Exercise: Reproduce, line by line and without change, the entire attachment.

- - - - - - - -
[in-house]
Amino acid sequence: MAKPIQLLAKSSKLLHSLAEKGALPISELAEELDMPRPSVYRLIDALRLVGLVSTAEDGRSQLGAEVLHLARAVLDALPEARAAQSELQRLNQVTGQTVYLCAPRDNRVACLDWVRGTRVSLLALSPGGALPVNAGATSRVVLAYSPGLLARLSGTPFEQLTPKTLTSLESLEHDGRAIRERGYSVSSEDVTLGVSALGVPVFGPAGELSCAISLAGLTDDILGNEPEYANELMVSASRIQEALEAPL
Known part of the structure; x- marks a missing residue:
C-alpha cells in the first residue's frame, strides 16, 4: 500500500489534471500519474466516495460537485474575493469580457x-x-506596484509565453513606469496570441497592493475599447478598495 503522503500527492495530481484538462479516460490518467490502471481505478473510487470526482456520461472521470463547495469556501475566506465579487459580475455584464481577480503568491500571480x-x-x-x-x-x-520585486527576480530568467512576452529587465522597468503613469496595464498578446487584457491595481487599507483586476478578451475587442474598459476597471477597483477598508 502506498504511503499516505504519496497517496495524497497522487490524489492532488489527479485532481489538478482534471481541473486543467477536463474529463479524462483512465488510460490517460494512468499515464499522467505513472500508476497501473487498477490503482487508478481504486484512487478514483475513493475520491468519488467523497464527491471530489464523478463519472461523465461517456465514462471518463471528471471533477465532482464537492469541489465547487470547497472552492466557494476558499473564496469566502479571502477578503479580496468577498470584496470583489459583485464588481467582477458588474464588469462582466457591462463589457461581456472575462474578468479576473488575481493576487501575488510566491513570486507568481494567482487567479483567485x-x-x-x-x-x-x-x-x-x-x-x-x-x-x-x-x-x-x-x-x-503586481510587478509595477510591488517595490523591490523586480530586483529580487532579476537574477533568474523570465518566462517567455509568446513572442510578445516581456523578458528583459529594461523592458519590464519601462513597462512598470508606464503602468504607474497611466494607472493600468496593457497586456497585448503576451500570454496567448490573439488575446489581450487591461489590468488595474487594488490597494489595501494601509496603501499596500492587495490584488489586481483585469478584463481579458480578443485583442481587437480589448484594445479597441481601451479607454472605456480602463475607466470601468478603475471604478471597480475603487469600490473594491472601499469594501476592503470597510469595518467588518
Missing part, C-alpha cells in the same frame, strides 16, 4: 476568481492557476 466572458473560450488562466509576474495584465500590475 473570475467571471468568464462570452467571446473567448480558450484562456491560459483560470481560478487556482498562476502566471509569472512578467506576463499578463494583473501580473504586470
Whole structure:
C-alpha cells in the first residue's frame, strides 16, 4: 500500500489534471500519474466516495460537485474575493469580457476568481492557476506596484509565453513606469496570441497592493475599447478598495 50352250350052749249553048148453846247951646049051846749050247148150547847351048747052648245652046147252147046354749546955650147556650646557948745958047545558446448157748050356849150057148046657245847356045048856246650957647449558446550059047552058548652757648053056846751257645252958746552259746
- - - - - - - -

[in-house]
Amino acid sequence: MAKPIQLLAKSSKLLHSLAEKGALPISELAEELDMPRPSVYRLIDALRLVGLVSTAEDGRSQLGAEVLHLARAVLDALPEARAAQSELQRLNQVTGQTVYLCAPRDNRVACLDWVRGTRVSLLALSPGGALPVNAGATSRVVLAYSPGLLARLSGTPFEQLTPKTLTSLESLEHDGRAIRERGYSVSSEDVTLGVSALGVPVFGPAGELSCAISLAGLTDDILGNEPEYANELMVSASRIQEALEAPL
Known part of the structure; x- marks a missing residue:
C-alpha cells in the first residue's frame, strides 16, 4: 500500500489534471500519474466516495460537485474575493469580457x-x-506596484509565453513606469496570441497592493475599447478598495 503522503500527492495530481484538462479516460490518467490502471481505478473510487470526482456520461472521470463547495469556501475566506465579487459580475455584464481577480503568491500571480x-x-x-x-x-x-520585486527576480530568467512576452529587465522597468503613469496595464498578446487584457491595481487599507483586476478578451475587442474598459476597471477597483477598508 502506498504511503499516505504519496497517496495524497497522487490524489492532488489527479485532481489538478482534471481541473486543467477536463474529463479524462483512465488510460490517460494512468499515464499522467505513472500508476497501473487498477490503482487508478481504486484512487478514483475513493475520491468519488467523497464527491471530489464523478463519472461523465461517456465514462471518463471528471471533477465532482464537492469541489465547487470547497472552492466557494476558499473564496469566502479571502477578503479580496468577498470584496470583489459583485464588481467582477458588474464588469462582466457591462463589457461581456472575462474578468479576473488575481493576487501575488510566491513570486507568481494567482487567479483567485x-x-x-x-x-x-x-x-x-x-x-x-x-x-x-x-x-x-x-x-x-503586481510587478509595477510591488517595490523591490523586480530586483529580487532579476537574477533568474523570465518566462517567455509568446513572442510578445516581456523578458528583459529594461523592458519590464519601462513597462512598470508606464503602468504607474497611466494607472493600468496593457497586456497585448503576451500570454496567448490573439488575446489581450487591461489590468488595474487594488490597494489595501494601509496603501499596500492587495490584488489586481483585469478584463481579458480578443485583442481587437480589448484594445479597441481601451479607454472605456480602463475607466470601468478603475471604478471597480475603487469600490473594491472601499469594501476592503470597510469595518467588518
Missing part, C-alpha cells in the same frame, strides 16, 4: 476568481492557476 466572458473560450488562466509576474495584465500590475 473570475467571471468568464462570452467571446473567448480558450484562456491560459483560470481560478487556482498562476502566471509569472512578467506576463499578463494583473501580473504586470
Whole structure:
C-alpha cells in the first residue's frame, strides 16, 4: 500500500489534471500519474466516495460537485474575493469580457476568481492557476506596484509565453513606469496570441497592493475599447478598495 50352250350052749249553048148453846247951646049051846749050247148150547847351048747052648245652046147252147046354749546955650147556650646557948745958047545558446448157748050356849150057148046657245847356045048856246650957647449558446550059047552058548652757648053056846751257645252958746552259746